8. when i was a new agent i didn’t know what i didn’t know. 6 years later, taking a lot of classes, getting mentored by senior agents, learning something from each of my own transactions, having bought my own property, and learning from every change in the market, i can tell you there is no way an unrepresented buyer is going to avoid making mistakes. and mistake in SF are incredibly costly.

    as a new agent i made up for my lack of experience will over the top research, got other agents involved as needed, and worked my tail off. of course i still do those things today, and see experienced agents fly by the seat of their pants who i would not personally trust to serve me coffee. so ideally you get the best of both worlds, experience and over the top hard work.

    as for the idea of going direct to the listing agent… that’s fine if you are experienced AND don’t mind over paying. that agent has a relationship with the seller, and they aren’t going to give you a break without the seller’s consent. that agent and that seller probably had LONG and hard conversations about price… so the agent can’t back pedal and try to pull the wool over the seller’s eyes no matter how fat the commission on the other end is. i know a buyer who does this all the time…. he knows he’s paying the highest price, but has done it in hugely competitive situations. he’s very slick about it, and pretty much gets the agent to tell him what price he has to offer to get it done, and states up front that he wants the agent to pocket both ends of the commission. other buyers who go in blind often pay even more. sellers always think the homes are worth more than they really are, and an unrepresented buyer usually ends up paying the seller’s price, not their own, for the reasons stated above. my friend has told me he’ll use me on his next purchase because it’s a slower market and he doesn’t need to compete. i’m quite sure i could have gotten him the last home he did this on, probably at a lower price, but that’s just him. he is head strong and is loaded, so spending more than he should wasn’t his concern. getting the property at all costs was.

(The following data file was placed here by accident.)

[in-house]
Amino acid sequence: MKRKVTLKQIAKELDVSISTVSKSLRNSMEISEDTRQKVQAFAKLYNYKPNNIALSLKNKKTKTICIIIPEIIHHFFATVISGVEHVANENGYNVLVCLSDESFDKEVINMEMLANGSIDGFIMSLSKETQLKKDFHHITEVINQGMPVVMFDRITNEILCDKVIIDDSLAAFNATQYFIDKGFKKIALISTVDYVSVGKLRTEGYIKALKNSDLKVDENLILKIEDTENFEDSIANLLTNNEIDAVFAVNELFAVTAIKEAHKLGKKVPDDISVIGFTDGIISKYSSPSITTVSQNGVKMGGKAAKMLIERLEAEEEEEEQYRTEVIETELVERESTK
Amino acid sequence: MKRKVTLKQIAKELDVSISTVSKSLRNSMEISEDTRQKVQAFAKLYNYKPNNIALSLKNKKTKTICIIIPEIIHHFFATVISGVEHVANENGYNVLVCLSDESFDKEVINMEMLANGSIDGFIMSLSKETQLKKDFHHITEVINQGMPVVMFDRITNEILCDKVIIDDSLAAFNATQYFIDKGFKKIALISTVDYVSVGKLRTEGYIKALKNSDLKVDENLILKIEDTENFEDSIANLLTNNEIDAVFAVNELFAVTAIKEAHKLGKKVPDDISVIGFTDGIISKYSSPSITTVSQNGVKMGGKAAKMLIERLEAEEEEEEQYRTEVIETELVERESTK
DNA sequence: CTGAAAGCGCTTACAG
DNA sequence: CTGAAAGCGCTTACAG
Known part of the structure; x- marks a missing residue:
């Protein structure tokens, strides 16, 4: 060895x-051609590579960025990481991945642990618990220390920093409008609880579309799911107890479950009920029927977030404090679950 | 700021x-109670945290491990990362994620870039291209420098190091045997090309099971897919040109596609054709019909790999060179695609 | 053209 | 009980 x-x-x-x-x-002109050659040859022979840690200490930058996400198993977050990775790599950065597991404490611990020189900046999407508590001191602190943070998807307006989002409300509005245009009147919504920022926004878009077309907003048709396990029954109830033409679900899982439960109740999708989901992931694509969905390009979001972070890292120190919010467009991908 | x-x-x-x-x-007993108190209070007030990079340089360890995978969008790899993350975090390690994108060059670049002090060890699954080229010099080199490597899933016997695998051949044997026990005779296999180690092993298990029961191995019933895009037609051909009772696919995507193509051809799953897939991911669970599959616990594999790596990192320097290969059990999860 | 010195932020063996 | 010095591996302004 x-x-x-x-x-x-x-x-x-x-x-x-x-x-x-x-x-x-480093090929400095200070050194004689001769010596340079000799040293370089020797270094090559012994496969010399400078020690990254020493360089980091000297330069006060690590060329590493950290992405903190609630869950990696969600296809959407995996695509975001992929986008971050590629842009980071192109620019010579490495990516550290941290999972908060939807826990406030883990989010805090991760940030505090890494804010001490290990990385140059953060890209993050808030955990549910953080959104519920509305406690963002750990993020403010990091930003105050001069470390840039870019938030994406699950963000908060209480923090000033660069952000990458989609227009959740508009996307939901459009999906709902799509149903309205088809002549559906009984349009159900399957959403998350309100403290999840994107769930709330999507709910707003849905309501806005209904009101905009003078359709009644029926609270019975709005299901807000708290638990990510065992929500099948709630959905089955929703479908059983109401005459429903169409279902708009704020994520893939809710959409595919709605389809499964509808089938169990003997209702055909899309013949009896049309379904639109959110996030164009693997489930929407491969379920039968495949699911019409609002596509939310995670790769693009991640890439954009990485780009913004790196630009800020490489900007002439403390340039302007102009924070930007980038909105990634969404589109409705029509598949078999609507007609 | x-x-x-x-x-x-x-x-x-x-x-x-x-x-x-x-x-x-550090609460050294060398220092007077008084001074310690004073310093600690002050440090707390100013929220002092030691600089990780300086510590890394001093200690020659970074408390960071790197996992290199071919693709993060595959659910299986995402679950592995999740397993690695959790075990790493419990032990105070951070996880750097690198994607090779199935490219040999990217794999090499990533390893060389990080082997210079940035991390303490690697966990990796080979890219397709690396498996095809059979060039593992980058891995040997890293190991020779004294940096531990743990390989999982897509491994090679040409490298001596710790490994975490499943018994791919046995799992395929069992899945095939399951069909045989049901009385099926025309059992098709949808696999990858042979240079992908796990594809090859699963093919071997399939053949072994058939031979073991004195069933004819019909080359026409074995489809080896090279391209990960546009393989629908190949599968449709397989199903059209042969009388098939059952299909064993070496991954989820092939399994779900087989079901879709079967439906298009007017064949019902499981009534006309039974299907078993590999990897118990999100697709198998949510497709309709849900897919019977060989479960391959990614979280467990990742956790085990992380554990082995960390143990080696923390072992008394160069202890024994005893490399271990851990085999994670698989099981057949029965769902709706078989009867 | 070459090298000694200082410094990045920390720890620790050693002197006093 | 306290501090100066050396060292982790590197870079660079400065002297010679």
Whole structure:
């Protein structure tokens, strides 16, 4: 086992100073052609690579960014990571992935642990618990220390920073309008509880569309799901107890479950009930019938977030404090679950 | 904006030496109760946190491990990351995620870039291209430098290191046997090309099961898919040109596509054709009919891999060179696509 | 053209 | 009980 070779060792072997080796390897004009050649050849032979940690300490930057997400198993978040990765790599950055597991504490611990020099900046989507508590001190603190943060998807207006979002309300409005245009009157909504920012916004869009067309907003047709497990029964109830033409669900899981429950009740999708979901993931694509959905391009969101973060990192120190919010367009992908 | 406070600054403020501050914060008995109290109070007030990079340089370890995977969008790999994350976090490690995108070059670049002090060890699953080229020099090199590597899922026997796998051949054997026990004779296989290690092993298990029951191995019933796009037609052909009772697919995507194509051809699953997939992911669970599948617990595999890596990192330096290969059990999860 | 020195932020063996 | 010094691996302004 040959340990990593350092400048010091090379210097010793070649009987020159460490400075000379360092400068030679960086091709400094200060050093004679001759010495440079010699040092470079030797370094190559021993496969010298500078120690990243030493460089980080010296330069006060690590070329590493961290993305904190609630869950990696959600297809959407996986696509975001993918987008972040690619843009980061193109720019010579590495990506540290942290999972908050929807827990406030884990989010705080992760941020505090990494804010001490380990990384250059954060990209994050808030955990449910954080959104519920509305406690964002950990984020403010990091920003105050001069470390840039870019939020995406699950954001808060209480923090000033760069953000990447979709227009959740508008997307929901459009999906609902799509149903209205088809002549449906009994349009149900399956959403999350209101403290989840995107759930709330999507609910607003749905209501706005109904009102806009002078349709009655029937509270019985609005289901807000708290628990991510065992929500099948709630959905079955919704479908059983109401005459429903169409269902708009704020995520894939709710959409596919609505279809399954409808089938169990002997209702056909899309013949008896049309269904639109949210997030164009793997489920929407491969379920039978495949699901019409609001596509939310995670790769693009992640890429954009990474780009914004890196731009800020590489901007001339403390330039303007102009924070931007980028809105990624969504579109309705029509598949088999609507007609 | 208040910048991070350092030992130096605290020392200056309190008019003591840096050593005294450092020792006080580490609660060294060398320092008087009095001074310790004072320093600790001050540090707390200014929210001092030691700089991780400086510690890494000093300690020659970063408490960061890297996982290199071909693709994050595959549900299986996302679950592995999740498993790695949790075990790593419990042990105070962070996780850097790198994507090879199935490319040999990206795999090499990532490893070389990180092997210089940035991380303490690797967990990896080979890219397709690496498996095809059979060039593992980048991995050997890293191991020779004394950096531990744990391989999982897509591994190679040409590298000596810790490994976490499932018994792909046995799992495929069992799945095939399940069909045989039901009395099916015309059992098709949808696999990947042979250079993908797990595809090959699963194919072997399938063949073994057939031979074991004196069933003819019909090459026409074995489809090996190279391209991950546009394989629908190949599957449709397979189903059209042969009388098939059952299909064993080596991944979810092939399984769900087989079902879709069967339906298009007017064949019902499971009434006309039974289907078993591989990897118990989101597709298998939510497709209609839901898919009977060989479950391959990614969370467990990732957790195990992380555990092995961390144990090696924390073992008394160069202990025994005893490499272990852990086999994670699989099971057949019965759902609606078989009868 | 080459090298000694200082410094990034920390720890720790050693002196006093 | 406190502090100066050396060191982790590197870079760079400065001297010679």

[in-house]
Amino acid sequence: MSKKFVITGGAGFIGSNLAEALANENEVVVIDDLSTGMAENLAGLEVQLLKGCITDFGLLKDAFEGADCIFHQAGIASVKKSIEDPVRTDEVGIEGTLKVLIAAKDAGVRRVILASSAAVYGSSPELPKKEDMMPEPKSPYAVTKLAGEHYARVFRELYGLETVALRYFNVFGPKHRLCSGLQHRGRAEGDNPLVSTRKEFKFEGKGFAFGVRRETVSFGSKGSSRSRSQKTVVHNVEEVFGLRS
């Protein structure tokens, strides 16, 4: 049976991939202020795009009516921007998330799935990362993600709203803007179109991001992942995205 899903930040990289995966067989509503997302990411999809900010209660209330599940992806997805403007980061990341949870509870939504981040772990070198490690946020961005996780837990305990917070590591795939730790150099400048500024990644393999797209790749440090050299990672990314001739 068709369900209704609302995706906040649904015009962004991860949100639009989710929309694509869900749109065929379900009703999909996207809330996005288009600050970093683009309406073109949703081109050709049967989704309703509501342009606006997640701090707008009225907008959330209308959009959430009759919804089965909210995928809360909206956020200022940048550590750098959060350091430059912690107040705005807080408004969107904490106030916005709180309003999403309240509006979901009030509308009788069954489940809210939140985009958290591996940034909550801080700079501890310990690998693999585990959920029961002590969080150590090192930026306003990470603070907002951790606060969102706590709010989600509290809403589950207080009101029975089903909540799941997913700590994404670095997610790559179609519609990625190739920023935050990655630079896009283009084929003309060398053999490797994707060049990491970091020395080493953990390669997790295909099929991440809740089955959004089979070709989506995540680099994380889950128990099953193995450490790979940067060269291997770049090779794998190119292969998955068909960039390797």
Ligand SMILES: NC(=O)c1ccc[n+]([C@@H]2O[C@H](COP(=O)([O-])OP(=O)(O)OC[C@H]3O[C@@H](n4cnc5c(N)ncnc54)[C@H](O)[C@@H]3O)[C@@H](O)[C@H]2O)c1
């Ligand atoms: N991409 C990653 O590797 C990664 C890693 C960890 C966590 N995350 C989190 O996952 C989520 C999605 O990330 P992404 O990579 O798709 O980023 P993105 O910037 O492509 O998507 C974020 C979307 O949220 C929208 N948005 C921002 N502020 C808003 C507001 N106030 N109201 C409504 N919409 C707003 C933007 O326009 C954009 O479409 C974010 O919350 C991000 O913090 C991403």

finally, the 30 day escrow has a lot of moving parts. putting in the offer is not the end of the hard work. after inspections what should you negotiate for? are you really working with the best lender? there are so many little things we can help you with… taking me back to the original statement… “you don’t know what you don’t know” and the only way you’ll learn is via a mistake, or via your agent.

  9. only thing that bugs me about this: as a buyer, I hear the agent telling me all the time how they are looking out for my best interest / trying to get me the best price.
    But really?? My skepticism is that they’re getting paid essientially by the seller. So it just seems to me that they are more interested in getting the deal ‘done’ and done as quickly as feasible, then necessarily getting the absolute best price for their customer.